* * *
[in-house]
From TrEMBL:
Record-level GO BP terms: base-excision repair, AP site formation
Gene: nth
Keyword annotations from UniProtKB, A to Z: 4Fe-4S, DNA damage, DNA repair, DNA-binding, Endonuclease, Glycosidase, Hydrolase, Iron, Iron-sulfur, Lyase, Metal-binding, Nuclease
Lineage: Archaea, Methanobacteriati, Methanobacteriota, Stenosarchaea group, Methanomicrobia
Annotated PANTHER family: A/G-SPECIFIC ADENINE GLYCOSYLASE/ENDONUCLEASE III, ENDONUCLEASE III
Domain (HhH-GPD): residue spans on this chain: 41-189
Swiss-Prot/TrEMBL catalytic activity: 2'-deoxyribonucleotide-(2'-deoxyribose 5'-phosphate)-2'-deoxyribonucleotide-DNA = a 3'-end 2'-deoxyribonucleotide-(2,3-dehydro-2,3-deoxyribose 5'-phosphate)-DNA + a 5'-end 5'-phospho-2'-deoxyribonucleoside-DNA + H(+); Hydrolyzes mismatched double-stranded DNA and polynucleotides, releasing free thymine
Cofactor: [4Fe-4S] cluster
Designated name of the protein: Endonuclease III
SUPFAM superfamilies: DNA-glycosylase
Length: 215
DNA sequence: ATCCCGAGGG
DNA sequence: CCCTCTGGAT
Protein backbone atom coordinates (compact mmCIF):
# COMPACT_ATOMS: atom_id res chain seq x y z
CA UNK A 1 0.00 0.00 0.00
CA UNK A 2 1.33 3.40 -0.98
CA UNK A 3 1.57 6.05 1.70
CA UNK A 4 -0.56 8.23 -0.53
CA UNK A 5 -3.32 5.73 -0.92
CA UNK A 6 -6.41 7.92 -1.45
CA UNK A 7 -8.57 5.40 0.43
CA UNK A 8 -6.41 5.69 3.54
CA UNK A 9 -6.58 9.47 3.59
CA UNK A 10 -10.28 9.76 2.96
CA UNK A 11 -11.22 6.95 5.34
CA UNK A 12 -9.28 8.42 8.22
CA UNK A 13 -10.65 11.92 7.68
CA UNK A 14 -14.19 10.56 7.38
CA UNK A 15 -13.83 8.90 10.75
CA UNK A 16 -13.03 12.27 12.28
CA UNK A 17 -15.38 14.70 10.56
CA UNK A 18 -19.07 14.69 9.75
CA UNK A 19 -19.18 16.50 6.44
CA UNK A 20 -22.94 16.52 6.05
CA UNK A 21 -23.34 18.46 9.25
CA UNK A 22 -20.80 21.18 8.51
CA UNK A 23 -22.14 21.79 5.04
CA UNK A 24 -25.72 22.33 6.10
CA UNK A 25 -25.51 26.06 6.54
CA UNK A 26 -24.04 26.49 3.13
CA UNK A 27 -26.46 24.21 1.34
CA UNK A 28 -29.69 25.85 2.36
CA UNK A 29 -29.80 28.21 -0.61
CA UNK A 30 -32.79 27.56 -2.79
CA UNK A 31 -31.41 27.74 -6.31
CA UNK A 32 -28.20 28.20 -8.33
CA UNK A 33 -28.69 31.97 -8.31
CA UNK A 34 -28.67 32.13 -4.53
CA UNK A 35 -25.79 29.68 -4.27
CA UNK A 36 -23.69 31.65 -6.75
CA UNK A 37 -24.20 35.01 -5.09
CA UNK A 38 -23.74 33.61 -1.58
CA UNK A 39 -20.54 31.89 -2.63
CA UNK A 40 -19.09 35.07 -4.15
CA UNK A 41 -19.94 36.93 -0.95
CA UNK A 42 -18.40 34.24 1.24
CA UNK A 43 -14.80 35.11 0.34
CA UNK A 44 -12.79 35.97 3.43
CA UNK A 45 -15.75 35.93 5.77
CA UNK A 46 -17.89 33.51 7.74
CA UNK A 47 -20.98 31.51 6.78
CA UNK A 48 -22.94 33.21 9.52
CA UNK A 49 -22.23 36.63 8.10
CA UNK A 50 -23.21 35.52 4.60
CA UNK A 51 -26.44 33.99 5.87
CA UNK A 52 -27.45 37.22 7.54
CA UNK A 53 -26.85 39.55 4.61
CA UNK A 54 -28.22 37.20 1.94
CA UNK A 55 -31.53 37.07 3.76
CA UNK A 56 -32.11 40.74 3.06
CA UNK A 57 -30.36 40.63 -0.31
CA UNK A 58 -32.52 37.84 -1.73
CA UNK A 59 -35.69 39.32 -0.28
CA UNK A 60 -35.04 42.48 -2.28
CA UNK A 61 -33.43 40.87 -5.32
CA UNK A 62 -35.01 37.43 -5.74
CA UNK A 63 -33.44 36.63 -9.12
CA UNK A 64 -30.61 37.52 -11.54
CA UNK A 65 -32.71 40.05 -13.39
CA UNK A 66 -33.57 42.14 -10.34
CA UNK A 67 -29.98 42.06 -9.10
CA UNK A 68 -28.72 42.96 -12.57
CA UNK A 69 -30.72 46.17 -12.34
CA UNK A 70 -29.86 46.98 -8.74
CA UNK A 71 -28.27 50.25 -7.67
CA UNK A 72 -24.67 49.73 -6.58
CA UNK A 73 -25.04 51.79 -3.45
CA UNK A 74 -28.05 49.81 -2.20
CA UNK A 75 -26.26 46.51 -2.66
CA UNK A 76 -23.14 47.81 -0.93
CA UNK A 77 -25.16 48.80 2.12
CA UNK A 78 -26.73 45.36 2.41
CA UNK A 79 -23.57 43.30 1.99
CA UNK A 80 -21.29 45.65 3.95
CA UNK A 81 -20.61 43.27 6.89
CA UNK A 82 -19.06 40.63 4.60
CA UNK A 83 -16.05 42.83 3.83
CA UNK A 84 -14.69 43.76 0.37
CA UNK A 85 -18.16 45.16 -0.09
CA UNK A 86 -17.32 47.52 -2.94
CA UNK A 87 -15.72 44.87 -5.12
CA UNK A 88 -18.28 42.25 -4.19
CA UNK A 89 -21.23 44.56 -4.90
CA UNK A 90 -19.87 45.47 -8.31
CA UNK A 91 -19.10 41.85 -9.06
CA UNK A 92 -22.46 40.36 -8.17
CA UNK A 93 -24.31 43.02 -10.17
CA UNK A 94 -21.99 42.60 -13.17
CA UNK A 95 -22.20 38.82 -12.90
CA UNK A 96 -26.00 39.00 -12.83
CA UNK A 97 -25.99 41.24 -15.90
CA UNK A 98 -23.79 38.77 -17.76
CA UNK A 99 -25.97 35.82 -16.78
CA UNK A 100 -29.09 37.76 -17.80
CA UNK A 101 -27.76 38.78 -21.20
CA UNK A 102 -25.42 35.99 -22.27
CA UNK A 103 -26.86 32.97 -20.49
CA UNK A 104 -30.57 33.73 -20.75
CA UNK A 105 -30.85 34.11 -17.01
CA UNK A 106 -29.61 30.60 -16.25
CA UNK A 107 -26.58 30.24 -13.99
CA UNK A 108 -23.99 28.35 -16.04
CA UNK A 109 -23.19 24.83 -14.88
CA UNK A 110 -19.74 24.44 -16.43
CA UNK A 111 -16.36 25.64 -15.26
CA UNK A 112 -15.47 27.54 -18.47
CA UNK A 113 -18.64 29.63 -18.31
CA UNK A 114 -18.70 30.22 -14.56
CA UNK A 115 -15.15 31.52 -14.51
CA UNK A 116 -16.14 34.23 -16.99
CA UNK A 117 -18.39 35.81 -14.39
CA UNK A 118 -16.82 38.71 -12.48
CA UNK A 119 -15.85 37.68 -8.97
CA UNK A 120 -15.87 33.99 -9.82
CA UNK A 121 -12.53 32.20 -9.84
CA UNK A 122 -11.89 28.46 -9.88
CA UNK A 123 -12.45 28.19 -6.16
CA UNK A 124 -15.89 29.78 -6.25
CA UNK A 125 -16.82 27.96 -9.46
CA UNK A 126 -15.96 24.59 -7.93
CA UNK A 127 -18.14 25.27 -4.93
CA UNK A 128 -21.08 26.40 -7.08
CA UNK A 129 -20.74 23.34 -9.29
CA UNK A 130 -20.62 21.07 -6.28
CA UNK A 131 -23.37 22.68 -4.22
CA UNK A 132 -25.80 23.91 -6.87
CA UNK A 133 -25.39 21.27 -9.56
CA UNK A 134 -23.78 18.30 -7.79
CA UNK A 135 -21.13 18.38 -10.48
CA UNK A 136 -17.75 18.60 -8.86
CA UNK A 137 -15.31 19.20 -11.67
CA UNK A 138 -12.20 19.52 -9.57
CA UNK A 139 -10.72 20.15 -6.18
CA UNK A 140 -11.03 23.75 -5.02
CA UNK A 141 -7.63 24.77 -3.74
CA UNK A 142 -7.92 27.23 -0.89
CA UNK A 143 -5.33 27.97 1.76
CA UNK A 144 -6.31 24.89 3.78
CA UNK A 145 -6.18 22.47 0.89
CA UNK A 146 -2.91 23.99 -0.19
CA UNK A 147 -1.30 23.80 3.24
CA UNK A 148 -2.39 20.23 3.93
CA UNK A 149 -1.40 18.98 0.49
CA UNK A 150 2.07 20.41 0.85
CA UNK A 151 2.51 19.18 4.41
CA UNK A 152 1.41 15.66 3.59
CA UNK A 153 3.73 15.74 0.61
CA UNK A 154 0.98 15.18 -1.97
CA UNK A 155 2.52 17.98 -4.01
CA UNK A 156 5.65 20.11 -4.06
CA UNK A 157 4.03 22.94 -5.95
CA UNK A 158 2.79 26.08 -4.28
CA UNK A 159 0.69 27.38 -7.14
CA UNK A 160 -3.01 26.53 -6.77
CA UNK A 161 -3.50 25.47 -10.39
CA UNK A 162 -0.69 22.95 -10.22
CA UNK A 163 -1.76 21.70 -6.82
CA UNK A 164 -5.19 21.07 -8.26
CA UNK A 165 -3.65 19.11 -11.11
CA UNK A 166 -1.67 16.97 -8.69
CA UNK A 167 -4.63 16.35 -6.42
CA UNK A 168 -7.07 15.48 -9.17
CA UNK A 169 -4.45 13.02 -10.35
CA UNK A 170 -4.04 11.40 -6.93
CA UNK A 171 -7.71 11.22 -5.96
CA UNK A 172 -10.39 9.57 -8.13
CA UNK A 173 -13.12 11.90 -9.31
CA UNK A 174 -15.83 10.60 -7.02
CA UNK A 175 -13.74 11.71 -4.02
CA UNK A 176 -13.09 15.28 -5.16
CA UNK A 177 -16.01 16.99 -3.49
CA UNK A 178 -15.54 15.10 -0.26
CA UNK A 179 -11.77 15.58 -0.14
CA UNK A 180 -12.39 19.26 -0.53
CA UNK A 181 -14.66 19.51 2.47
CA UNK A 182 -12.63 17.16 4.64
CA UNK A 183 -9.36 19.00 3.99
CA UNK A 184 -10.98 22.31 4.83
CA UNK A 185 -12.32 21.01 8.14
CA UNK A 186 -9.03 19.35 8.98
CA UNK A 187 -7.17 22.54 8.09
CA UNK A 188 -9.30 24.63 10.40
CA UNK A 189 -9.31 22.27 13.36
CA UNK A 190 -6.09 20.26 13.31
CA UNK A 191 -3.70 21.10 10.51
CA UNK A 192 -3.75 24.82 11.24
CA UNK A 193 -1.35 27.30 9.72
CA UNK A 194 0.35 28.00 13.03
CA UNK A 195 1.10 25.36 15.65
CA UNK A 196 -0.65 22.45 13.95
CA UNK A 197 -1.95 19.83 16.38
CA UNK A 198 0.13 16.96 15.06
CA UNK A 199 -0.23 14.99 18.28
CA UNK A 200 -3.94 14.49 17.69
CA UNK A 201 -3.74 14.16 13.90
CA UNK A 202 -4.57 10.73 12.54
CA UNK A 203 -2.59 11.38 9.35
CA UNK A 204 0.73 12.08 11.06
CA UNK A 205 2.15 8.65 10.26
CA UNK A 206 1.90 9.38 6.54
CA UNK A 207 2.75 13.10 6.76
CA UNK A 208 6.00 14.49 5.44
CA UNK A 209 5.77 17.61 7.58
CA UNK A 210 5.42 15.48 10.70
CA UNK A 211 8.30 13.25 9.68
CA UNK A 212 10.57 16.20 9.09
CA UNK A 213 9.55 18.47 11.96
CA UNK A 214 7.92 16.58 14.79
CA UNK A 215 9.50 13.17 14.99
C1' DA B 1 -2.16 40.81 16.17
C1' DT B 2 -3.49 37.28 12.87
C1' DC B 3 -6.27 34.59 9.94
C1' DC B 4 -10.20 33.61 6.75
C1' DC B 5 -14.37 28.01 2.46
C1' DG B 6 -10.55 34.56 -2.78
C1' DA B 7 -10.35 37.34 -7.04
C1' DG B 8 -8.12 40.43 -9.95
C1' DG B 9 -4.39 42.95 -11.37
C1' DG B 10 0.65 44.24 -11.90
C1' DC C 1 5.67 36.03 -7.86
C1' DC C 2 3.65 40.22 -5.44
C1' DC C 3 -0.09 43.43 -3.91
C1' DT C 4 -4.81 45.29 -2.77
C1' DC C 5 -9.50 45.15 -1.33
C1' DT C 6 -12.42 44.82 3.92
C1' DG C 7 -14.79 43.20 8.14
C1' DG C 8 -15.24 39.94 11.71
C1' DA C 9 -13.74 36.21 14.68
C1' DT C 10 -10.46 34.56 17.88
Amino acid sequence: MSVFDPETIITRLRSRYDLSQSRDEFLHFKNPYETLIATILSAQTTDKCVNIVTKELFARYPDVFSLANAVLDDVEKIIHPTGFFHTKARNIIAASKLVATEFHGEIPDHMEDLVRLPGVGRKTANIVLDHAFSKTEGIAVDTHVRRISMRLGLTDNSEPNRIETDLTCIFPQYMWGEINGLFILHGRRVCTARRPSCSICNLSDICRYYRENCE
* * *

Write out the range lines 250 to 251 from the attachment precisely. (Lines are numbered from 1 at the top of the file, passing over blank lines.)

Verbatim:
C1' DG C 8 -15.24 39.94 11.71
C1' DA C 9 -13.74 36.21 14.68